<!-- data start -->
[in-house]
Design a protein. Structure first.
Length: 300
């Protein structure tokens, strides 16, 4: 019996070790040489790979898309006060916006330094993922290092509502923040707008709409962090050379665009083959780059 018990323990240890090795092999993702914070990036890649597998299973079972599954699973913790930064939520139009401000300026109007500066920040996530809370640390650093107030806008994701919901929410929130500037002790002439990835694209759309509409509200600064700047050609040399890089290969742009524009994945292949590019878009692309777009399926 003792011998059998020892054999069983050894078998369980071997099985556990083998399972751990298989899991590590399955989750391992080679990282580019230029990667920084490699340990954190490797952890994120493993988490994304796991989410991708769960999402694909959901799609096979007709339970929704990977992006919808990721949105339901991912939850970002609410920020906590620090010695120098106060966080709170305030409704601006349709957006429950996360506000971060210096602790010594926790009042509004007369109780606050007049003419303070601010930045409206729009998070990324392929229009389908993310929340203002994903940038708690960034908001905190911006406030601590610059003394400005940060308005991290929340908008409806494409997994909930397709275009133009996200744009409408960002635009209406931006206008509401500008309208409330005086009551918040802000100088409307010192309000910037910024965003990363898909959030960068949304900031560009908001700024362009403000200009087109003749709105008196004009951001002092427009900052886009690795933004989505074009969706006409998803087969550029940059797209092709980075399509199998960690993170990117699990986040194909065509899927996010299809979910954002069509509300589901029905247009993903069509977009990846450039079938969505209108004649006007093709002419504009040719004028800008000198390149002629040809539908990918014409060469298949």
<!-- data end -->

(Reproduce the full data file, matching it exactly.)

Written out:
[in-house]
Design a protein. Structure first.
Length: 300
């Protein structure tokens, strides 16, 4: 019996070790040489790979898309006060916006330094993922290092509502923040707008709409962090050379665009083959780059 018990323990240890090795092999993702914070990036890649597998299973079972599954699973913790930064939520139009401000300026109007500066920040996530809370640390650093107030806008994701919901929410929130500037002790002439990835694209759309509409509200600064700047050609040399890089290969742009524009994945292949590019878009692309777009399926 003792011998059998020892054999069983050894078998369980071997099985556990083998399972751990298989899991590590399955989750391992080679990282580019230029990667920084490699340990954190490797952890994120493993988490994304796991989410991708769960999402694909959901799609096979007709339970929704990977992006919808990721949105339901991912939850970002609410920020906590620090010695120098106060966080709170305030409704601006349709957006429950996360506000971060210096602790010594926790009042509004007369109780606050007049003419303070601010930045409206729009998070990324392929229009389908993310929340203002994903940038708690960034908001905190911006406030601590610059003394400005940060308005991290929340908008409806494409997994909930397709275009133009996200744009409408960002635009209406931006206008509401500008309208409330005086009551918040802000100088409307010192309000910037910024965003990363898909959030960068949304900031560009908001700024362009403000200009087109003749709105008196004009951001002092427009900052886009690795933004989505074009969706006409998803087969550029940059797209092709980075399509199998960690993170990117699990986040194909065509899927996010299809979910954002069509509300589901029905247009993903069509977009990846450039079938969505209108004649006007093709002419504009040719004028800008000198390149002629040809539908990918014409060469298949």